The curious case of auxiliary -manya in Lwitaxo


  • Robert Botne


Lwitaxo, Luhya, culminative, auxiliary, grammaticalization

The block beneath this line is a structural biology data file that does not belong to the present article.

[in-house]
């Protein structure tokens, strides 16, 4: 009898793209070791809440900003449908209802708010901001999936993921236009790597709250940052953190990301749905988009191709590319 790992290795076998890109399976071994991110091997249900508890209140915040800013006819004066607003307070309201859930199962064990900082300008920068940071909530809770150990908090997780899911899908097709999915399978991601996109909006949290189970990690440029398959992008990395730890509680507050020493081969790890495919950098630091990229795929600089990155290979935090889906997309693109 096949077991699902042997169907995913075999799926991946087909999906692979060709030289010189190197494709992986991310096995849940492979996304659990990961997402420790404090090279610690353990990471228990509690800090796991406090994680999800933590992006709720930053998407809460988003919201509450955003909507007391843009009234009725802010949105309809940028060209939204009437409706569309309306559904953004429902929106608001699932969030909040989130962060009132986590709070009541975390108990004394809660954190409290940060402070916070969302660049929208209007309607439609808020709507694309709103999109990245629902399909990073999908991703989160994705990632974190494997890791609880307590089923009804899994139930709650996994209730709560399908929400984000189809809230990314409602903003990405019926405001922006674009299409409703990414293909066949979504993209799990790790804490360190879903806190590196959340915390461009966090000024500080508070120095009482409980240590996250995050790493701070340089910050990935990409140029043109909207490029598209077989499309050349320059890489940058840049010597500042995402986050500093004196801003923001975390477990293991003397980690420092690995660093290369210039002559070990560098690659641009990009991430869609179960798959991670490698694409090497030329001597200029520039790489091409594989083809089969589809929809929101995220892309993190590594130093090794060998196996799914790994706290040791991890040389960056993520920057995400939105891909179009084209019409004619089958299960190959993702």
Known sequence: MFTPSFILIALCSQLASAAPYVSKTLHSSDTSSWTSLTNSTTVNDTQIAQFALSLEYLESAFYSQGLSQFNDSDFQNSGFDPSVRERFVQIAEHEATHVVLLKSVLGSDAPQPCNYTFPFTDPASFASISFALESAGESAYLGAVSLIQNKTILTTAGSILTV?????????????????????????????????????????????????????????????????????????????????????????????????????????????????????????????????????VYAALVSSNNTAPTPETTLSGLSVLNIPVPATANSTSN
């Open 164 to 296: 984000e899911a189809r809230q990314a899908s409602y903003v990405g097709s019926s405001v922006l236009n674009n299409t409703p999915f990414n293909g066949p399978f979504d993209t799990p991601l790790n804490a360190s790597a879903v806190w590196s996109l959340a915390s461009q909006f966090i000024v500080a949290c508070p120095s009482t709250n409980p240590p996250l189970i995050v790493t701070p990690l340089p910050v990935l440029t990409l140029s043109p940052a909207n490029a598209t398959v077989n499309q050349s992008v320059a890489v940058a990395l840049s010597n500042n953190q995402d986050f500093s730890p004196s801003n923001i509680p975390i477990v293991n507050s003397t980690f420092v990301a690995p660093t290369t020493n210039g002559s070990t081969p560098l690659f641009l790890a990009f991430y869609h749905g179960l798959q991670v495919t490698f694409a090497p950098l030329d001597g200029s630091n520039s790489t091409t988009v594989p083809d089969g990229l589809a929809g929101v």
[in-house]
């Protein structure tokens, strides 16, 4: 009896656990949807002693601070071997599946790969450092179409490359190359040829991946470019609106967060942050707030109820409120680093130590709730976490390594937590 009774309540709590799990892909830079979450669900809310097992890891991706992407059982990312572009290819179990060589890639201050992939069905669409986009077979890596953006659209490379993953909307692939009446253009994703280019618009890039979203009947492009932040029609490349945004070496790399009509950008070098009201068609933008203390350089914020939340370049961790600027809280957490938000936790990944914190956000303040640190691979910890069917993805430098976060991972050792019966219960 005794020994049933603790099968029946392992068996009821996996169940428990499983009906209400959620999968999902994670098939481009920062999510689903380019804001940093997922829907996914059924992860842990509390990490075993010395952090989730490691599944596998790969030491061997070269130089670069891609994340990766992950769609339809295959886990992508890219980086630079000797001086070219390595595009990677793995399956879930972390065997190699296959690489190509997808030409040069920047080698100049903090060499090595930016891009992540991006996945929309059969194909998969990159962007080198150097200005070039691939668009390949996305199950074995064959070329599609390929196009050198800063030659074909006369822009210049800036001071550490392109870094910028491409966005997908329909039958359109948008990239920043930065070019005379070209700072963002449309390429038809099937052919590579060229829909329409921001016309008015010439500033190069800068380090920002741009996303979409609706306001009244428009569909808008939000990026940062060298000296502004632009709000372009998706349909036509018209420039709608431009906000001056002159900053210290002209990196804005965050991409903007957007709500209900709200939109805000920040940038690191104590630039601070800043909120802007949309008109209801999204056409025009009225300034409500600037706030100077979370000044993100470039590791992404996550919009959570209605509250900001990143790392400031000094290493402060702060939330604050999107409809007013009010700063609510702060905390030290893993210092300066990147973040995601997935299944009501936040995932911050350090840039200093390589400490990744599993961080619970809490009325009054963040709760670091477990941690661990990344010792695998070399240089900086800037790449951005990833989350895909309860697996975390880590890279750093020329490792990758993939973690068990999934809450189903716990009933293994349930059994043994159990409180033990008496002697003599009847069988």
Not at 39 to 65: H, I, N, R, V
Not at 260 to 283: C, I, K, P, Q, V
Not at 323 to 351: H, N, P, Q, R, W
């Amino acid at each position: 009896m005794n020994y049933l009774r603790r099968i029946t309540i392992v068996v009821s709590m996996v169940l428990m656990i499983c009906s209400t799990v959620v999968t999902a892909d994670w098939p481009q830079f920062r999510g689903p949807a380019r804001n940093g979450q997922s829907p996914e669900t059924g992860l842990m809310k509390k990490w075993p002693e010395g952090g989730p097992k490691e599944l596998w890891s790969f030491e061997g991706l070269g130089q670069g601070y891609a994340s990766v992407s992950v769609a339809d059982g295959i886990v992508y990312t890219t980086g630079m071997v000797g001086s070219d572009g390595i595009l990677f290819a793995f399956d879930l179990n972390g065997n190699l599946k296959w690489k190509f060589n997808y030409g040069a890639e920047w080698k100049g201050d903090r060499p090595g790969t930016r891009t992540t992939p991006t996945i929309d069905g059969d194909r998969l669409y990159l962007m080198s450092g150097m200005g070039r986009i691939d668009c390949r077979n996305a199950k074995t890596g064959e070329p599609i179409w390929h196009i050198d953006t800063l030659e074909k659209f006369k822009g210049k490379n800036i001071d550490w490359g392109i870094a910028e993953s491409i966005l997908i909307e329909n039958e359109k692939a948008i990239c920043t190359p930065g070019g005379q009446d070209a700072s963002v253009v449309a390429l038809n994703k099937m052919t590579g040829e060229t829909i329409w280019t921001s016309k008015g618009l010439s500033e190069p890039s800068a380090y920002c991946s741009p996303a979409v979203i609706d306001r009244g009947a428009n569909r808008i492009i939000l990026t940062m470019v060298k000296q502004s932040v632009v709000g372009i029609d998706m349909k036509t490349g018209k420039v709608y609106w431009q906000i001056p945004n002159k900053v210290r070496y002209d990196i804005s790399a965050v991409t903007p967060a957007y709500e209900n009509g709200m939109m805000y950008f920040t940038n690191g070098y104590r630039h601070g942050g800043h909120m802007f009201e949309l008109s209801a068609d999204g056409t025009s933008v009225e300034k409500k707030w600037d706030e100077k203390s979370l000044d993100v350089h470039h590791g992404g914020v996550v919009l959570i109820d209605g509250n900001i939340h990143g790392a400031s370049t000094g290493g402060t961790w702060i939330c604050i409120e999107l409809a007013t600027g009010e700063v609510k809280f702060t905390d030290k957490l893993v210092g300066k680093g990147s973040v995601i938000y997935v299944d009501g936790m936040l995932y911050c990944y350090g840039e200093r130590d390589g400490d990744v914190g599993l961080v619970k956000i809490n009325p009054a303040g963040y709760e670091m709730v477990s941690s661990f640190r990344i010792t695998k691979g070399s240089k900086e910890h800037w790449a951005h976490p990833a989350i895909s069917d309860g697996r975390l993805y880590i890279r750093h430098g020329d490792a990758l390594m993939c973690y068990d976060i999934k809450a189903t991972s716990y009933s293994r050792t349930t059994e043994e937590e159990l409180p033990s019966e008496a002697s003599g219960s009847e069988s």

Lwitaxo, one of the Luhya languages of Kenya, has an auxiliary verb of the form -many’a that occurs in compound constructions that express either a generic reading (“normally do V”) or a culminative reading (“ended up V-ing”). This verb is identical in form to the lexical verb -many’a ‘(come to) know’. However, while there are attested cases of KNOW verbs grammaticalizing as habitual/generic auxiliaries, there are no such attestations of KNOW verbs grammaticalizing as indicators of culmination. The author proposes that auxiliary -many’a is the unique result of a convergence of factors—sound change, morphophonological analogy, and semantic reinterpretation—that led an original auxiliary, -mala ‘finish’, to shift in form to resemble lexical -many’a.